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Sheet Mulching the Lawn: Bye-Bye Bermuda

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Removing a large patch lawn seems like a major hassle, but it’s actually quite easy. One of the cheapest and least backbreaking ways to do it is to sheet mulch (also known as composting) your lawn. I recently did this with a front yard full of Bermuda grass (and weeds) and although it does take a weekend of labor, you end up with a blank palate ready to be planted with natives, edibles, drought tolerant perennials, or whatever you like. You can also use this method to suppress weeds in a particularly tough spot.

You’ll need: shovels, pitchforks, gloves, mulch, cardboard, and a cold frosty one for when you’re done.

Get Your Stuff and Dig a Ditch
Start by digging a sixteen- to eighteen-inch wide and a foot deep trench around the perimeter of the lawn, along the area that borders sidewalk or driveway. This is so the mulch you eventually put on top won’t spill out. You can toss the clumps of grass you dig up into the middle of your lawn, to be covered and composted.

If you already know you are going to be planting something large, like a tree or large woody bush, you might want to get it in the ground before the next cardboard step. It isn’t necessary, but will make life easier in the future.  

Next, get enough cardboard so that you can cover the entire area so that the pieces are overlapping by at least about a foot. It is key that the pieces overlap; weeds and some lawn, especially the tough stuff like Bermuda grass, will grow through cracks and crevices, even with layers and layers of mulch on top. (This has been clearly evidenced by the oxalis in my front yard.) A great place to get large pieces of free cardboard is from furniture and appliance stores, bike stores (they use them to ship frames), or from friends that have recently moved. The larger pieces the better, as it goes much faster. Make sure to remove all tape and staples.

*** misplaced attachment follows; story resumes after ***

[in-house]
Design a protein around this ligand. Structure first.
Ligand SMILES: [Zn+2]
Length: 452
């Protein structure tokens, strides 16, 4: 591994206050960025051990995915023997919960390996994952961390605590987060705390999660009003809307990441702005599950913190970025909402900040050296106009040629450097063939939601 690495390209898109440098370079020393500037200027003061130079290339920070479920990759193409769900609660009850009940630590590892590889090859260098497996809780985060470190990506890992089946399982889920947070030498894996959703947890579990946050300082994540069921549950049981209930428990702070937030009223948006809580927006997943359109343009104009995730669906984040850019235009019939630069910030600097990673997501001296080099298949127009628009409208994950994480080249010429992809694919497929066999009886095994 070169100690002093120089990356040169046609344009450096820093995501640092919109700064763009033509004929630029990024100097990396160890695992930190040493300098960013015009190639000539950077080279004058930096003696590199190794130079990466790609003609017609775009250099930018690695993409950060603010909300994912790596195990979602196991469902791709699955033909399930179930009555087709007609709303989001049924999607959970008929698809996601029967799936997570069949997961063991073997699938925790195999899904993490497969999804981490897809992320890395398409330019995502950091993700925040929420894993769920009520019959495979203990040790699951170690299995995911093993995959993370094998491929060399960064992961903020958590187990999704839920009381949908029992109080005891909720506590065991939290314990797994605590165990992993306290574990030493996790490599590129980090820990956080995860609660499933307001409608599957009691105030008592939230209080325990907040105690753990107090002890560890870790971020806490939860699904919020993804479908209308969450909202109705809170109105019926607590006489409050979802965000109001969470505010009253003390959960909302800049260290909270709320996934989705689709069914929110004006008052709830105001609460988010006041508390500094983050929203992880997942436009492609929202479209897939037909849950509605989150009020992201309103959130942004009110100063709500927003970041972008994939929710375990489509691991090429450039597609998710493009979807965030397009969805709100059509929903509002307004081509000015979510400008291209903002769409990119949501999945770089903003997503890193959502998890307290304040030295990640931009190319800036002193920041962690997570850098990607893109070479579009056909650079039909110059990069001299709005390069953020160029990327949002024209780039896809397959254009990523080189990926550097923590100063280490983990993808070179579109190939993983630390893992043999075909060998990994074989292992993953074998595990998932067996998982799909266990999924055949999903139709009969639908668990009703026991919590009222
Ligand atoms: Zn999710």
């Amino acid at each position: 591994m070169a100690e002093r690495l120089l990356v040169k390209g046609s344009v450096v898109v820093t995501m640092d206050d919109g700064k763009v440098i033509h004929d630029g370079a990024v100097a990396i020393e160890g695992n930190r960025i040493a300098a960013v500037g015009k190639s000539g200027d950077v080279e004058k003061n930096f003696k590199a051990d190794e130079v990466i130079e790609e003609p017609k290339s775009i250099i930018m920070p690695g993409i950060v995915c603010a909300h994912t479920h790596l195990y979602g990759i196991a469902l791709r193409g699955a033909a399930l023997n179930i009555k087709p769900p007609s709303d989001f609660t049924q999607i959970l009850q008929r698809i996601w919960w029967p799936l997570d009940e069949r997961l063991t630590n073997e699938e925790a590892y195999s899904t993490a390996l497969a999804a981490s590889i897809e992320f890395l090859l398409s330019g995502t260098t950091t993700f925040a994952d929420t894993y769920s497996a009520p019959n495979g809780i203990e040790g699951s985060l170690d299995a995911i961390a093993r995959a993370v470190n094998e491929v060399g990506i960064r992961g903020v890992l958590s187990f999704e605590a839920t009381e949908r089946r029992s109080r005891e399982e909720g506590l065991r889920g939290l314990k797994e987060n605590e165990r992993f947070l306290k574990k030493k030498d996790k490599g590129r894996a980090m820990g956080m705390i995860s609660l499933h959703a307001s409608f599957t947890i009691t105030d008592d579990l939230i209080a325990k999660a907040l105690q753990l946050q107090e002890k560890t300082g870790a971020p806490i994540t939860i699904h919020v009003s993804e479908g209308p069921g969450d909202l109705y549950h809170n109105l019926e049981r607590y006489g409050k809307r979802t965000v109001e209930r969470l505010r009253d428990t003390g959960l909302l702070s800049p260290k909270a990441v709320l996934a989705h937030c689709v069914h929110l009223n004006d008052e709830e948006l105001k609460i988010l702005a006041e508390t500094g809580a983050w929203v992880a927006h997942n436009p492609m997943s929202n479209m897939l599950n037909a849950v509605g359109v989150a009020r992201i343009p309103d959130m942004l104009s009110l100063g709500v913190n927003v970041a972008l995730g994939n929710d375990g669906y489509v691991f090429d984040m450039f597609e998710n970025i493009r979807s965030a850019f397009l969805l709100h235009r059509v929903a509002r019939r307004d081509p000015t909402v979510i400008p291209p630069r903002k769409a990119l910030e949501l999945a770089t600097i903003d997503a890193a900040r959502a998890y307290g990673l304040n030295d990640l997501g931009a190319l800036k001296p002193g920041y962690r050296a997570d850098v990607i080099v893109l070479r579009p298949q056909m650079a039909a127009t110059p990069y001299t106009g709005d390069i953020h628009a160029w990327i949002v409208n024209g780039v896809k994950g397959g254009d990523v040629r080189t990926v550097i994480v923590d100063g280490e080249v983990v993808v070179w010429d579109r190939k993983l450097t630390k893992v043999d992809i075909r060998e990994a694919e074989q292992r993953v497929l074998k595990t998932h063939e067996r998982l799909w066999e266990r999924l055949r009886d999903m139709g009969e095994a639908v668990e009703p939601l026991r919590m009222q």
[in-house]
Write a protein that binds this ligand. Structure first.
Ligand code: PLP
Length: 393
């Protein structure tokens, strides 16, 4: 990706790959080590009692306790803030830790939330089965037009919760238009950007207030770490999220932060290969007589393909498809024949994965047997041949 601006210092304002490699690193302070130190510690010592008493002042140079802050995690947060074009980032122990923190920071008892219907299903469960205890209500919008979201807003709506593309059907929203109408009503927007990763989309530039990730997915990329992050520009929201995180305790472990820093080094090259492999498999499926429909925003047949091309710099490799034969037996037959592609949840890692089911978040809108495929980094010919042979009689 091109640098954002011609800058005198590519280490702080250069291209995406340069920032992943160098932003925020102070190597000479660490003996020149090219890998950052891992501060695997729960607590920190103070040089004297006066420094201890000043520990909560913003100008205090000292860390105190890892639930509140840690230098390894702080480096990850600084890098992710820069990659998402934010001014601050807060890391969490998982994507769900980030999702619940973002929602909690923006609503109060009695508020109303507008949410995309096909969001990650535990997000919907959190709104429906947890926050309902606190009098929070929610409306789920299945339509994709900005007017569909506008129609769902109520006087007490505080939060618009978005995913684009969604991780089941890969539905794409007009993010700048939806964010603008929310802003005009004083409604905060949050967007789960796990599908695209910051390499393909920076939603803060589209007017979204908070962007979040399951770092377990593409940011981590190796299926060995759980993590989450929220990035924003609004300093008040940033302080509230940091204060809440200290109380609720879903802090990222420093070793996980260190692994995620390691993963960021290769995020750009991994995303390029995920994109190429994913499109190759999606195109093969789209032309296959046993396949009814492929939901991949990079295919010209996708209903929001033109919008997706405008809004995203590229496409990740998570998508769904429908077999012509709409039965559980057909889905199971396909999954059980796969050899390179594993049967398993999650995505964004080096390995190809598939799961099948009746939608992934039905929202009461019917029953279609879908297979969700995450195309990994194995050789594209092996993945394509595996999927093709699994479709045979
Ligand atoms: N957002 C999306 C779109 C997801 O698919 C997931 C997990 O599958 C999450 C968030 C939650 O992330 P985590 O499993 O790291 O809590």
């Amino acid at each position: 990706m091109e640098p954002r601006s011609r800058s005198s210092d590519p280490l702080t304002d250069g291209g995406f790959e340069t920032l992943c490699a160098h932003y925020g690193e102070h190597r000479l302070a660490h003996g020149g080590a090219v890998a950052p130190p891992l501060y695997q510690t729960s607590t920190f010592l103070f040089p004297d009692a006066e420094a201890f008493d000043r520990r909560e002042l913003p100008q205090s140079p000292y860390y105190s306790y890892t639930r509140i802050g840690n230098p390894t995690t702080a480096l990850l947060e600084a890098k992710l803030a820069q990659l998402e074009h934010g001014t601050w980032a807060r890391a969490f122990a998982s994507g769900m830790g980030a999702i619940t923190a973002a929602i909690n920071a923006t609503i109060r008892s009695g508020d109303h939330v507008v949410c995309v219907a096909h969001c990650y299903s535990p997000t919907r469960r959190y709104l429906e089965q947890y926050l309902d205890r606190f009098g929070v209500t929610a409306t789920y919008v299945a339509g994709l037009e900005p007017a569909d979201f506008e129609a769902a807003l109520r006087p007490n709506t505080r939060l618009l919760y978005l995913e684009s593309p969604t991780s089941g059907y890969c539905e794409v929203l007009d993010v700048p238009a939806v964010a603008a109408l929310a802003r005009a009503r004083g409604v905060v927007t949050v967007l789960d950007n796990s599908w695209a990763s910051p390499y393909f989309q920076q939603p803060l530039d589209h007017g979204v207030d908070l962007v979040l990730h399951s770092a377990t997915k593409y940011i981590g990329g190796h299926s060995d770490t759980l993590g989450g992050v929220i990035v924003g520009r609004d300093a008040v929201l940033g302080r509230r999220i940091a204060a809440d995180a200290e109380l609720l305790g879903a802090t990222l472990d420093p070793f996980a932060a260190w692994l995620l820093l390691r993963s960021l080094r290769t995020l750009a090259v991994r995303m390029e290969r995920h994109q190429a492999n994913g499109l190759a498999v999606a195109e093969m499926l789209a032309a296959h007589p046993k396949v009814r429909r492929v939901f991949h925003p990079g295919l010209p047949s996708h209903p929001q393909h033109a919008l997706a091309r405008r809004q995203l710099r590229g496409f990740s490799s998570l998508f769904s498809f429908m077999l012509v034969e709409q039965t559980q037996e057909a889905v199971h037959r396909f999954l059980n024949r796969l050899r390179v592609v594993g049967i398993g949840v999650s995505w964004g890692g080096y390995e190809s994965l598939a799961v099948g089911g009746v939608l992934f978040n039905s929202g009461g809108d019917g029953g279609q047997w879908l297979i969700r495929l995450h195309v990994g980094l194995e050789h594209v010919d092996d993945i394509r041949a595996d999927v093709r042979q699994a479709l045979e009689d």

After you’ve overlapped your cardboard, wet the cardboard. This helps break down the cardboard and makes it more pliable. You can also add a layer of compost to enrich the soil.

Now you’re going to cover the cardboard with four to six inches of mulch. This is a lot of mulch, so I wouldn’t even think about buying it in bags from the garden store. Depending on the size of the area you are covering, you’ll likely need a few cubic yards. Chipped tree prunings make ideal mulch since many of the pieces are uniform in size, meaning the top layer will look good. Many tree companies will deliver wood chips for free, so start calling around and ask if there are trees being felled in your neighborhood. I had five yards of mulch delivered to my front yard and it was free. Alternatively, check out transfer stations and other spots that sell wood chips and mulch in bulk; if your city fells trees, they also often have piles of mulch for the taking.

The cardboard underneath your mulch will biodegrade in a few months, but you don’t need to wait that long to plant. When you’re ready to start adding plants to your yard, spread the mulch aside, cut through the cardboard with a razor, and start digging. When you’ve planted your plant, you can then cover the surrounding areas with the mulch, making sure to leave enough space around the crown of the plant for circulation.  

Other ways to get rid of the lawn include using sod cutters, digging it up by hand, and rototillers, but these methods seem to require more labor and machinery. One of the benefits of the mulch method is that mulch helps retain moisture in the soil so your new plants will need less water, the soil underneath will improve, and earthworms, who help break up the soil and add nutrients to the soil, love it underneath there.

Total cost of mulching the lawn can be free or at least under one hundred bucks. And you’ll save money by not having to pay someone to mow the lawn and on your water bills. Now it’s time to enjoy that beer.


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